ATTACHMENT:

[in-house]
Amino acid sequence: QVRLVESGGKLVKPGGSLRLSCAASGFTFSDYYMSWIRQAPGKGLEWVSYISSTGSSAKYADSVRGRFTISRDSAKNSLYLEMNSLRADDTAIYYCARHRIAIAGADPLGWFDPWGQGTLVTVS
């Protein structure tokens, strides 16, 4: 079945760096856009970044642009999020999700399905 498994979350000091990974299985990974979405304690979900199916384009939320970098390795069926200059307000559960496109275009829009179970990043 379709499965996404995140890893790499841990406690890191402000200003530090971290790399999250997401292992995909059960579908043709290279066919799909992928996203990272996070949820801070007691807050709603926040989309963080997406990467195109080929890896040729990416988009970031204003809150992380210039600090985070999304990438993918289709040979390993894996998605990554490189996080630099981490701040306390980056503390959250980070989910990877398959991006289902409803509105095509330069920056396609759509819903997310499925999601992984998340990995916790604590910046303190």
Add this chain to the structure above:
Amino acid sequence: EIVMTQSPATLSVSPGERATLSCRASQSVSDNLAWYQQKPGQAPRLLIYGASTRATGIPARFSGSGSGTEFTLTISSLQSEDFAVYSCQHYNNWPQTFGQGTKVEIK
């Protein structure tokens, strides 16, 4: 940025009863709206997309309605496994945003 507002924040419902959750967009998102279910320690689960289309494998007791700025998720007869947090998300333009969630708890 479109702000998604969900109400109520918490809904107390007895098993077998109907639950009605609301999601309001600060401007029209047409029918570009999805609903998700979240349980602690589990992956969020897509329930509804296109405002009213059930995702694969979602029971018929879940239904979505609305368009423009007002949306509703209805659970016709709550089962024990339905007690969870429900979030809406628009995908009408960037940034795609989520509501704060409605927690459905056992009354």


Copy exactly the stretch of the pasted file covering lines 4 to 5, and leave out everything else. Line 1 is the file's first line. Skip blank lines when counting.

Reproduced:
Add this chain to the structure above:
Amino acid sequence: EIVMTQSPATLSVSPGERATLSCRASQSVSDNLAWYQQKPGQAPRLLIYGASTRATGIPARFSGSGSGTEFTLTISSLQSEDFAVYSCQHYNNWPQTFGQGTKVEIK